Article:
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Education  |   March 2011
Needles, Needles, Everywhere!
Author Affiliations & Notes
  • Lauren Berkow, M.D.
    *
  • * Anesthesia and Critical Care Medicine, Johns Hopkins School of Medicine, Baltimore, Maryland.
Article Information
Education / Cardiovascular Anesthesia / Coagulation and Transfusion / Critical Care / Gastrointestinal and Hepatic Systems / Infectious Disease / Ophthalmologic Anesthesia / Radiological and Other Imaging / Renal and Urinary Systems / Electrolyte Balance / Technology / Equipment / Monitoring / Thoracic Anesthesia
Education   |   March 2011
Needles, Needles, Everywhere!
Anesthesiology 3 2011, Vol.114, 681. doi:10.1097/ALN.0b013e318201c8a6
Anesthesiology 3 2011, Vol.114, 681. doi:10.1097/ALN.0b013e318201c8a6
A 55-YR-OLD man with end-stage renal disease presented for emergent removal of an infected arteriovenous dialysis graft. This patient had multisystemic disease, including hepatitis C, human immunodeficiency virus, cardiomyopathy, and atrial fibrillation. He also had a history of left internal jugular thrombosis and right common carotid septic pseudoaneurysm, corrected via  partial sternotomy. A chest x-ray film taken in the emergency department revealed partial sternotomy wires, but also showed countless metallic fragments distributed throughout the neck (see magnified view in center of x-ray film), chest, and upper arms. These were consistent with broken needle fragments and longstanding intravenous drug abuse. Visual examination of the neck revealed some mild scarring; gentle palpation did not suggest embedded needles. We avoided upper trunk/neck central intravenous access because of two concerns: the risk to the healthcare provider from the sharp needles, and the possibility for dislodgement/embolization of an intravascular needle.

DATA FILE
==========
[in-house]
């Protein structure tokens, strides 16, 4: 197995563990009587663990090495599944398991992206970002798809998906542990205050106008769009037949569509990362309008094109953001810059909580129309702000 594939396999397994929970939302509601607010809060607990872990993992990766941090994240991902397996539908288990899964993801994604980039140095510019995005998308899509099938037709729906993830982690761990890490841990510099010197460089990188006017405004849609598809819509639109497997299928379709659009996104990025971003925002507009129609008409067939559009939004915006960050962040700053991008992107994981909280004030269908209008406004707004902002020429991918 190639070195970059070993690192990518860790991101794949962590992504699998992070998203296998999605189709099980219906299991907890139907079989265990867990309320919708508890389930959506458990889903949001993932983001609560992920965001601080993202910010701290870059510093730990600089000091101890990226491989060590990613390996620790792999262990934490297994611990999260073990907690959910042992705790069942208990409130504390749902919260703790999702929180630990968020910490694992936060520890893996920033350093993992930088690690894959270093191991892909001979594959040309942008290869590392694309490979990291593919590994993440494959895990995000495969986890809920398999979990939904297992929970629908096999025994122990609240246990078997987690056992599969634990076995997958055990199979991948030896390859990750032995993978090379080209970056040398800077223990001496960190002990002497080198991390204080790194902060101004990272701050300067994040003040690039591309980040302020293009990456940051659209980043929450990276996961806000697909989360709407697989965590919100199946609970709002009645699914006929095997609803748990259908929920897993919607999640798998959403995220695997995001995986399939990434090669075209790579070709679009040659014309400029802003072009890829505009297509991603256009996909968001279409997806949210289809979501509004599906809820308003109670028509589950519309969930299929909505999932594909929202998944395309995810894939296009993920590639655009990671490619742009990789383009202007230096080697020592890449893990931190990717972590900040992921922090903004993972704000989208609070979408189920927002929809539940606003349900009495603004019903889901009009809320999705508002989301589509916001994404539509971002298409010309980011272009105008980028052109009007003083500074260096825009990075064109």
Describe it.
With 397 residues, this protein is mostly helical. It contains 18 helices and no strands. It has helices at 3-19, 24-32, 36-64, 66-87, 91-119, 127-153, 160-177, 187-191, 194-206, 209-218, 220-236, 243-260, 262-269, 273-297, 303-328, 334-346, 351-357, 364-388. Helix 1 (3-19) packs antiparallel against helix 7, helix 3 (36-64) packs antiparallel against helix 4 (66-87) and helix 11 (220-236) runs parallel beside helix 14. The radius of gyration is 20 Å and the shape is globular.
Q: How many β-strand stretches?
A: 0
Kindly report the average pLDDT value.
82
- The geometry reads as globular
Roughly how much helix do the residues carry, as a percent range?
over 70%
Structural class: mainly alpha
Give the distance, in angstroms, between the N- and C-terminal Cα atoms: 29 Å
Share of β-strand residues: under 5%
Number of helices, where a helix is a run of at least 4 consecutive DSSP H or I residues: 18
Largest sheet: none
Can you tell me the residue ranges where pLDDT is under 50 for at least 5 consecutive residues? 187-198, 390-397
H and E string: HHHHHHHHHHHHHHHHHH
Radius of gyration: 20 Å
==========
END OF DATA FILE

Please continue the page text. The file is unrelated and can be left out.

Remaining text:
Findings of retained needles in patients with a history of intravenous drug abuse have been reported previously,1 and patients are often asymptomatic.2 Retained needles due to acupuncture as well as the use of charm needles has also been described.3 
Healthcare providers should be aware of this association with intravenous drug abuse. This is an additional reason to consider the use of ultrasound guidance for central and deep venous access line placement, and suggests the use of extreme care when examining patients, especially those with a known history of drug abuse. A careful history and examination of x-ray films before central line placement is suggested to identify retained needle fragments.
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References
Dickinson ET, DeRoos FJ: Images in emergency medicine. Chronic neck pain from a retained needle as a result of intravenous drug abuse. Ann Emerg Med 2007; 50:198–210Dickinson, ET DeRoos, FJ
Williams MF, Eisele DW, Wyatt SH: Neck needle foreign bodies in intravenous drug abusers. Laryngoscope 1993; 103:59–63Williams, MF Eisele, DW Wyatt, SH
Liou JT, Liu FC, Hsin ST, Sum DC, Lui PW: Broken needle in the cervical spine: A previously unreported complication of Xiaozendao acupuncture therapy. J Altern Complement Med 2007; 13:129–32Liou, JT Liu, FC Hsin, ST Sum, DC Lui, PW
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